Written by Staff Reports
Before she wrote sermons, the Rev. Alice Hunt wrote mathematical equations as a teacher, and software as a programmer for the Hubble Space Telescope. Hunt will begin chronicling a different chapter in her life, after communicating her decision to retire as the 12th president of Chicago Theological Seminary.
Her announcement to the board of trustees on Feb. 9 came as a surprise to many in the CTS community. Hunt has led led the 163-year-old United Church of Christ seminary since 2008. She plans to step down in July 2018.
"While it was difficult to come to this decision, it is even harder to share this news with the vibrant, dedicated CTS community of friends and colleagues who are so dear to me," said Hunt. Once she was certain, Hunt said she "felt it was my duty to make the news public and allow time for leadership to create and launch a comprehensive search for the next president, who will take CTS into its next chapter, a chapter I am confident will help to make the world a better place for all of God's creation."
Under Hunt's leadership, the seminary launched the first fully online M.Div. degree accredited by the Association of Theological Schools, attaining record enrollment during a period of decline for theological education. Throughout her tenure, Hunt secured CTS as a leader in national conversations on theology and justice, especially in the areas of white privilege, racial justice and gender equality. She also oversaw the seminary's construction and move to a new facility in the Hyde Park neighborhood of Chicago. Prior to her call to ministry, she was a public school teacher, and learned of an opportunity with an aerospace company to study how to become a computer programmer.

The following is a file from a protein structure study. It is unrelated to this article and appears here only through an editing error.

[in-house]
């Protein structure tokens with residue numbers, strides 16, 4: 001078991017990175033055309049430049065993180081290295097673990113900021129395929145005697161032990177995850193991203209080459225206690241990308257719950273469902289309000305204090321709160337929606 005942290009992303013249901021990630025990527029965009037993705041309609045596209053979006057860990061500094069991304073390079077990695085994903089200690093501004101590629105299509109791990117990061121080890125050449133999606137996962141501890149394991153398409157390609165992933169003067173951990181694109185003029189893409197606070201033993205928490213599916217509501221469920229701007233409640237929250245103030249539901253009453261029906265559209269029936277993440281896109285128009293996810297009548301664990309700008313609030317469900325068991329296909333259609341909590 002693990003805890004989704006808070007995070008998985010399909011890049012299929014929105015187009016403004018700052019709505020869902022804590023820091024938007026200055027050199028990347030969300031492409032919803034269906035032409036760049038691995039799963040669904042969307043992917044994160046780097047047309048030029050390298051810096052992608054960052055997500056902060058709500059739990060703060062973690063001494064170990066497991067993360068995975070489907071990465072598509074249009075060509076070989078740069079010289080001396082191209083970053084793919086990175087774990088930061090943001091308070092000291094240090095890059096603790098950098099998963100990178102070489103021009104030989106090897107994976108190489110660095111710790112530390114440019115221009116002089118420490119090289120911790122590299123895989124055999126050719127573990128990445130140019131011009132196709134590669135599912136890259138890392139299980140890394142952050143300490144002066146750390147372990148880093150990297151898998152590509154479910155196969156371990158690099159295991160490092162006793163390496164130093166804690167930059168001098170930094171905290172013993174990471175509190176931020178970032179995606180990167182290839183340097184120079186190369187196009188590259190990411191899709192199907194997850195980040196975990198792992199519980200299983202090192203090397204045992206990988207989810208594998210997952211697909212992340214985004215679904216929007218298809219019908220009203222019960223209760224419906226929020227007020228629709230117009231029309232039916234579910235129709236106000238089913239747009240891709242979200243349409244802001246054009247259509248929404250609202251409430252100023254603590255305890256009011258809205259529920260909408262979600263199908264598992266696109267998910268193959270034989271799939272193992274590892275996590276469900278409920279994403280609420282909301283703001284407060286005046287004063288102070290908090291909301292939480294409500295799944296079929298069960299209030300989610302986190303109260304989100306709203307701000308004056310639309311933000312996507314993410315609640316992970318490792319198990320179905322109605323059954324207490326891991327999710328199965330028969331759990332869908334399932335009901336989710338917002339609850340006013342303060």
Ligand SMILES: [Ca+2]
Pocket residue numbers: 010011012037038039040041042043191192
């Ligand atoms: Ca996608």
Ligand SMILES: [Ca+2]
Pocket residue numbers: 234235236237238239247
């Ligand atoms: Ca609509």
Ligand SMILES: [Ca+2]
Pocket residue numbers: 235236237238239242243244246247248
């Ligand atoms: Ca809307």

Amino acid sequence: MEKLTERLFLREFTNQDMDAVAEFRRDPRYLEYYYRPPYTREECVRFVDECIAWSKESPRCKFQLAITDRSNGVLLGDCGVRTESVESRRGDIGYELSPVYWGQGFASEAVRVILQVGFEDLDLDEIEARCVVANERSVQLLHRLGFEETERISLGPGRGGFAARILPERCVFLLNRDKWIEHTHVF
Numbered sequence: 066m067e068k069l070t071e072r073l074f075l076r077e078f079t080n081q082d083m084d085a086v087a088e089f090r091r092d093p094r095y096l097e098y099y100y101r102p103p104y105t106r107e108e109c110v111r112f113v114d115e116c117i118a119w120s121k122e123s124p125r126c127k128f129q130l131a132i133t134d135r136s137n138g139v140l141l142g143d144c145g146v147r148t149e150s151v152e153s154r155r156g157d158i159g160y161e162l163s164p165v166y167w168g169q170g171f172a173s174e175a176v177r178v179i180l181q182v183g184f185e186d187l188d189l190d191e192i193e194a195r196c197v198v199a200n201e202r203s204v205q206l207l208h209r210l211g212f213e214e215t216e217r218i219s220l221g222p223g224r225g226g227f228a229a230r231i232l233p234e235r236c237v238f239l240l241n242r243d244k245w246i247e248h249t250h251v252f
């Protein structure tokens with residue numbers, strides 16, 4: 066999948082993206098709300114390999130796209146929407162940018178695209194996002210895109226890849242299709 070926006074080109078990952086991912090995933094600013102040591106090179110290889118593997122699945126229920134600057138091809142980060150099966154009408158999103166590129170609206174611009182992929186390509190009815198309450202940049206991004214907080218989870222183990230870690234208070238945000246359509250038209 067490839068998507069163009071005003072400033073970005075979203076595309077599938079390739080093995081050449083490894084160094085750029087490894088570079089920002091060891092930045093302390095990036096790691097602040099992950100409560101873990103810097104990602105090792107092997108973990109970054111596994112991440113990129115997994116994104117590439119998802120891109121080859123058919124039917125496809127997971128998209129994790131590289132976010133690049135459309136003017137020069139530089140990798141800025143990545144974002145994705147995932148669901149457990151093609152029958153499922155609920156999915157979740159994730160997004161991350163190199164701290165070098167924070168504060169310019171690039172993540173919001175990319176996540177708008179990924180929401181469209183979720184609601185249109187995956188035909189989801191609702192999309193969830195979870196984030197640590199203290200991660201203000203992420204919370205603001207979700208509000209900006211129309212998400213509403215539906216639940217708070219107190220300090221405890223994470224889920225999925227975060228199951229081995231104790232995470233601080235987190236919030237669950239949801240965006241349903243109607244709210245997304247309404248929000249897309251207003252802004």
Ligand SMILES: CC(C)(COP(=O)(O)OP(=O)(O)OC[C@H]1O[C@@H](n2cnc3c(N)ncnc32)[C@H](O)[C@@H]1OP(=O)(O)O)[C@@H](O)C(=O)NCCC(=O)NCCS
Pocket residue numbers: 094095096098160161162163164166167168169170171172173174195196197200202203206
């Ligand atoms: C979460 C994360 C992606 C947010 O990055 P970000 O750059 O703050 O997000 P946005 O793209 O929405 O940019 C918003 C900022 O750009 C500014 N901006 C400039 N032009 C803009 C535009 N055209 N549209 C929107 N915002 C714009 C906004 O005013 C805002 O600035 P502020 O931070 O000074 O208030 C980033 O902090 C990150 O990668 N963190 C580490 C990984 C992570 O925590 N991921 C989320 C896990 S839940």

Norman Williams, chair of the board of trustees, praised Hunt's leadership and vision. "While we are deeply sad to see Alice retire, we respect her decision and are truly grateful for her leadership, vision, and tenacity on behalf of CTS," Williams said. "Alice's accomplishments stand as testament to her dedication and love for this institution."
Williams acknowledged the strength of the seminary, adding, "While this is a transition, Hunt's leadership over the last 10 years has prepared us well. I have full faith in our strong faculty, dedicated and engaged Board of Trustees, and dynamic community to continue our leadership in theological education. We stand on a foundation of academic excellence and financial strength."
The board is expected to appoint a search committee for Hunt's successor.
"As a member of the search committee that hired Alice, I have admired her leadership and unwavering commitment to our students, alums, faculty, staff and mission, evident in every initiative she led," said Donald C. Clark, Jr., CTS acting president and general counsel. He assumed the role of acting president on Jan. 1 when Hunt began her academic sabbatical, and will lead the seminary through the transition. "We will soon share plans for how we will honor and celebrate Alice's tenure, her many celebrated accomplishments, and what her leadership and friendship means to this community."